May 26, 2017/Love Is All You Need…or is it?

It is easy to become caught up in the idea that love is all you need. Jesus was so emphatic about how we should love one another that many overlook that this sentiment does not preclude us from our responsibility for our actions. Christ allows us to forgive as He, in turn, forgave others–but the debt for our actions still must be paid.

To understand Biblical truth means that one must examine the entire Bible, not simply the New Testament–for Jesus said in Matthew 5: 17-20-Think not that I am come to destroy the law, or the prophets: I am not come to destroy, but to fulfil. For verily I say unto you, Till heaven and earth pass, one jot or one tittle shall in no wise pass from the law, till all be fulfilled. Whosoever therefore shall break one of these least commandments, and shall teach men so, he shall be called the least in the kingdom of heaven: but whosoever shall do and teach them, the same shall be called great in the kingdom of heaven. For I say unto you, That except your righteousness shall exceed the righteousness of the scribes and Pharisees, ye shall in no case enter into the kingdom of heaven.

The idea of behavior based upon law is pretty much central to the Bible, especially the first five books of the Old Testament which make up the Torah. Here we find the ‘code’ of law, the very heart of what the Jewish Jesus would know, memorize, and meditate upon.

Reading Jesus’ teachings in the New Testament, some mistakenly see Jesus instructions delivered in the Sermon on the Mount as a rejection of ‘law’ in favor of ‘love’..but was this the case?

Not if you see who Jesus was speaking to and why.

Matthew 5: 21 begins: “You have heard that it was said to those of old…” This is the traditional way rabbi’s would teach about the interpretation of a matter. God had given us the written instructions on how we should behave. These were specifically drawn to aid us in how we approached everything fro marriage to work to worship. Jesus, knowing that He has come to fulfill the sacrifical system of a sin offering is not rejecting the Jewish laws so much as attempting to illustrate to His audience that ‘law’ is simply an action which does not take into account the ‘heart’ or thoughts that inspire such actions.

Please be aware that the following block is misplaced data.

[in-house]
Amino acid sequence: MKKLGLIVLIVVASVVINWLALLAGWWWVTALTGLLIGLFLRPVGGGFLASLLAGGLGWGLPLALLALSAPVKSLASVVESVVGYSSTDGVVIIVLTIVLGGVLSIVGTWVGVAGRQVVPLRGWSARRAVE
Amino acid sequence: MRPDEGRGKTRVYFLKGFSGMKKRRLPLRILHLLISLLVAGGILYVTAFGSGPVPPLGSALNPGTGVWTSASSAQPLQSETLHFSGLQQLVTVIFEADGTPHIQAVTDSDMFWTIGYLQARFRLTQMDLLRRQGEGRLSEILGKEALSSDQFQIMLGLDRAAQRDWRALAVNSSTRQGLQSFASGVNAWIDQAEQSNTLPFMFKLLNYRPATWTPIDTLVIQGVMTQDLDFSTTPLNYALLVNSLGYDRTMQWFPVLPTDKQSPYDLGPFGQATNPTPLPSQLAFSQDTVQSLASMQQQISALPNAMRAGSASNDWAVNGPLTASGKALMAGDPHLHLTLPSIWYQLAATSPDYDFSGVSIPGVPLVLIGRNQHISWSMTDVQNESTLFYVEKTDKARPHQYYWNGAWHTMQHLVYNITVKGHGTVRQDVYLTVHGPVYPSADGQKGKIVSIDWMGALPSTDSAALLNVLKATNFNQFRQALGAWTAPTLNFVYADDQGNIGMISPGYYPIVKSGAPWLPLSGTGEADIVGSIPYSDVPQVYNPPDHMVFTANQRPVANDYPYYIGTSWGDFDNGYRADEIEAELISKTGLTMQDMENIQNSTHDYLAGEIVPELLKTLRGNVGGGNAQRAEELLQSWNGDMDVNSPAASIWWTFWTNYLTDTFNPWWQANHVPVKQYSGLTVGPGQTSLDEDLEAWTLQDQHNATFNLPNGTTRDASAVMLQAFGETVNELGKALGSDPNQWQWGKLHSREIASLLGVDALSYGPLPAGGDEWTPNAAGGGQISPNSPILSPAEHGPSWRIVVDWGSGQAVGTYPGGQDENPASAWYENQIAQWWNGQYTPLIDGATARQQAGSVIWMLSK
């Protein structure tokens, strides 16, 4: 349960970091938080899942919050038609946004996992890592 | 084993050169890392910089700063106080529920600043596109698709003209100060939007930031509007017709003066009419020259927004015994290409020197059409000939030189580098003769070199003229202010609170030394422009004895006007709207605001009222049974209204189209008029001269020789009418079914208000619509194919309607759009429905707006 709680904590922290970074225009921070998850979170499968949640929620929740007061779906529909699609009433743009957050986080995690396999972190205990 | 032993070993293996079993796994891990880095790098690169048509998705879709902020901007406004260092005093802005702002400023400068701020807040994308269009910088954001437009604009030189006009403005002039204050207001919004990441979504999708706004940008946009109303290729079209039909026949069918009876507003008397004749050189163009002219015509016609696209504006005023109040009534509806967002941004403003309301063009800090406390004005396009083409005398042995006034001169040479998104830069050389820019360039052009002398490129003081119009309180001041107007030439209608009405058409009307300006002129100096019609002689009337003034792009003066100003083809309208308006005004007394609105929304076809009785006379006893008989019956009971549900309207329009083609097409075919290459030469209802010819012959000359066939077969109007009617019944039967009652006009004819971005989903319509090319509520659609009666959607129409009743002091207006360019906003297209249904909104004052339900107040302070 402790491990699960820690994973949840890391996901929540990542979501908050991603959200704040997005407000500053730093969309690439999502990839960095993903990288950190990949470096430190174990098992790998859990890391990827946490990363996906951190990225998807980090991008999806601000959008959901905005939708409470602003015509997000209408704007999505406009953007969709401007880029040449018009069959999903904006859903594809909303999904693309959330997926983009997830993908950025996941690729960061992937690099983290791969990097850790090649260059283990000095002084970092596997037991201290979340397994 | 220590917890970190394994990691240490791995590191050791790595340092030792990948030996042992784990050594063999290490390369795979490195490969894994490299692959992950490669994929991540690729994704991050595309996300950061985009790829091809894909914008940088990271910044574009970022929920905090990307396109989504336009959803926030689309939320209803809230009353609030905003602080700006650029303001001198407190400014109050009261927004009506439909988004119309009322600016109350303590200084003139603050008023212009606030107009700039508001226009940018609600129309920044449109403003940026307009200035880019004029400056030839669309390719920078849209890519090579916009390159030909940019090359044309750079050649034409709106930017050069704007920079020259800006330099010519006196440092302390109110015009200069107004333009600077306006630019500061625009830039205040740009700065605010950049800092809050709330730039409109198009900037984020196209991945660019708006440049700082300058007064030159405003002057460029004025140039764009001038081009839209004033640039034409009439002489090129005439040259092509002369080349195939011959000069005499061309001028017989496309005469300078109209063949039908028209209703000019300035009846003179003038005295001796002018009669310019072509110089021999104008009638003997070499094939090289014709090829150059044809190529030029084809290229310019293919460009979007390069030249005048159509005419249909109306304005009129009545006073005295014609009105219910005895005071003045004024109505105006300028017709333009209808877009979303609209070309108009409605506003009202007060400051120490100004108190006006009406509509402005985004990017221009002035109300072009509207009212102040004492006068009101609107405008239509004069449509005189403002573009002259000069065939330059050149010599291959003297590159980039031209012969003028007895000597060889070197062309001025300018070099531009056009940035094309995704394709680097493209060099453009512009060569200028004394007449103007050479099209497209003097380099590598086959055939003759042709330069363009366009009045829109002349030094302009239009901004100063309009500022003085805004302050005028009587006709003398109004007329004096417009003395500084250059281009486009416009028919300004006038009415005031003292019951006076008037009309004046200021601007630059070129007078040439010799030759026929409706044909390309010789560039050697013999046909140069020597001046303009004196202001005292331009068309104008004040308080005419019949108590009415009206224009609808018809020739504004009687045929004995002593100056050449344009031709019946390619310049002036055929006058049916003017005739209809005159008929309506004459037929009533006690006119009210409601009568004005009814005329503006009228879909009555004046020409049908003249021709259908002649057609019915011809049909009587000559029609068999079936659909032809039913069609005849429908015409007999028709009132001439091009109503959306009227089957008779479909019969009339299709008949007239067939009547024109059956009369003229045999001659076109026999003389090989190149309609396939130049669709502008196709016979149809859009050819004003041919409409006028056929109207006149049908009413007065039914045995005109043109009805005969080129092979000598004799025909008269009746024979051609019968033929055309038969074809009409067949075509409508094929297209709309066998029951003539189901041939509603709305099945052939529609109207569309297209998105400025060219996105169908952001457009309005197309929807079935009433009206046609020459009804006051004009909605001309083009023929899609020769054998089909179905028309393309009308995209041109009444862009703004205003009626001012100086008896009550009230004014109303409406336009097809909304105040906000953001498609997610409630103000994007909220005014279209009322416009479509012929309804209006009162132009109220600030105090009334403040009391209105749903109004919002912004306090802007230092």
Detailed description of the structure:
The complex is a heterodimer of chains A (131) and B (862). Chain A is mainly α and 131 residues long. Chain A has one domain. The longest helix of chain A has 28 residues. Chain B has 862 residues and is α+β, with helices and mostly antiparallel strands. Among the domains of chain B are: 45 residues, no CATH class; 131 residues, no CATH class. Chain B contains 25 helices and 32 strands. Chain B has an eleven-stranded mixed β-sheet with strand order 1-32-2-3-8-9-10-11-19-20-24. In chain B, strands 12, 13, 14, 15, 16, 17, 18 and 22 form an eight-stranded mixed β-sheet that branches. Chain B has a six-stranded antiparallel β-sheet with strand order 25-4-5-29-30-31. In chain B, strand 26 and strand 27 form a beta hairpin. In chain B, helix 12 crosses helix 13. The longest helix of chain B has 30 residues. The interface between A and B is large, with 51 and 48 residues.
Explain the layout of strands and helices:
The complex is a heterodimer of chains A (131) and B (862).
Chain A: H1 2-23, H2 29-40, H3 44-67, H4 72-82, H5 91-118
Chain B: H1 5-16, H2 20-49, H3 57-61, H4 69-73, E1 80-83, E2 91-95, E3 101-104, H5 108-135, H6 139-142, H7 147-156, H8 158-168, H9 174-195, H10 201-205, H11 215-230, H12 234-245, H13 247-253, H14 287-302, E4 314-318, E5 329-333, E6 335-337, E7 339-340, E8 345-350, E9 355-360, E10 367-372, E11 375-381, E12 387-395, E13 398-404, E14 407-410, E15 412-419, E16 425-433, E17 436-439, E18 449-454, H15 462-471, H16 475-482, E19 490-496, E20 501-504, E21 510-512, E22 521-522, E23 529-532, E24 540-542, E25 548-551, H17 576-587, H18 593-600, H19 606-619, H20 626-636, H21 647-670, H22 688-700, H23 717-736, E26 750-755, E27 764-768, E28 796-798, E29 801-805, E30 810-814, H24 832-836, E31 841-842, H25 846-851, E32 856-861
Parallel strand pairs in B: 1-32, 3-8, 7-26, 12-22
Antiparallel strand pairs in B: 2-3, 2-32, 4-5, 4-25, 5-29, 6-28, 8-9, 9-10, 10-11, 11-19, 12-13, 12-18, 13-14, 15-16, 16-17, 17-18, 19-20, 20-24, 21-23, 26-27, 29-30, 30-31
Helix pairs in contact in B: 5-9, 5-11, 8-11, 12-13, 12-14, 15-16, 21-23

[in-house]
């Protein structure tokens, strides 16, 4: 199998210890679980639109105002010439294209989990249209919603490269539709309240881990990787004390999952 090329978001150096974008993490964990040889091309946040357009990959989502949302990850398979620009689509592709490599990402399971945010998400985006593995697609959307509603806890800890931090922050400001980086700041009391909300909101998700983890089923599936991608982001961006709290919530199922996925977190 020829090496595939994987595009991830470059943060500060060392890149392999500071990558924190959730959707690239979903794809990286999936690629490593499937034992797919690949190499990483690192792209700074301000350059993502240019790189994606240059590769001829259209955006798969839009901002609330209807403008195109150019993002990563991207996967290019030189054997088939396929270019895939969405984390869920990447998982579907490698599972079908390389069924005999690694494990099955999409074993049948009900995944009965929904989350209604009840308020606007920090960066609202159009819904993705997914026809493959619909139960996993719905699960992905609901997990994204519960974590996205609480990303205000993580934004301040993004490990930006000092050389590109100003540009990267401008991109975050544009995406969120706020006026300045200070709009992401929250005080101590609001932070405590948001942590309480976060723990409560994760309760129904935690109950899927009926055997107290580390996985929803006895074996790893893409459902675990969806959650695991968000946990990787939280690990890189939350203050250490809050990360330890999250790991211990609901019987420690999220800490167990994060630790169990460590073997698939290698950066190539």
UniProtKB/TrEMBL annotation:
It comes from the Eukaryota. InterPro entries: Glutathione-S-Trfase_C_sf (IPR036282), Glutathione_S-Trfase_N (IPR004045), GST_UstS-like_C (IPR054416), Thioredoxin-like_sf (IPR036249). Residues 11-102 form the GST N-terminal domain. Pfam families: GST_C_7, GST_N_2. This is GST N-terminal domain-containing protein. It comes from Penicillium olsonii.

It is not longer enough to simply take sinning for granted and have it covered simply by the standards of given in the Old Testament; now we must look further into the sins commited to see that God’s standards go well beyond law and courts to the very reason of our self-will. We see Christ explain this: Matthew 5: 23 & 24-Therefore if thou bring thy gift to the altar, and there rememberest that thy brother hath ought against thee; Leave there thy gift before the altar, and go thy way; first be reconciled to thy brother, and then come and offer thy gift. 

Sacrificing is by no means enough if we don’t attempt to put our sinful offense against another put right.

It is for this reason that many Christians confuse the idea that: ‘God is love,’ without the understanding that ‘God is also judge.’

The Beatles had it half-right with their, “All you need is love.”

God expects us to deliver the whole: All you need is love when accepting that Jesus died for your sins–but when praying ensure that your behavior must encompass TRUE acceptance of your responsibility and mindset in asking for forgiveness from God. Our heart and mind should in no case become to true penitence when we come before God…and our thankfulness for the offering Christ gave for us must never become a matter of the ‘routine’ rather than heartfelt.




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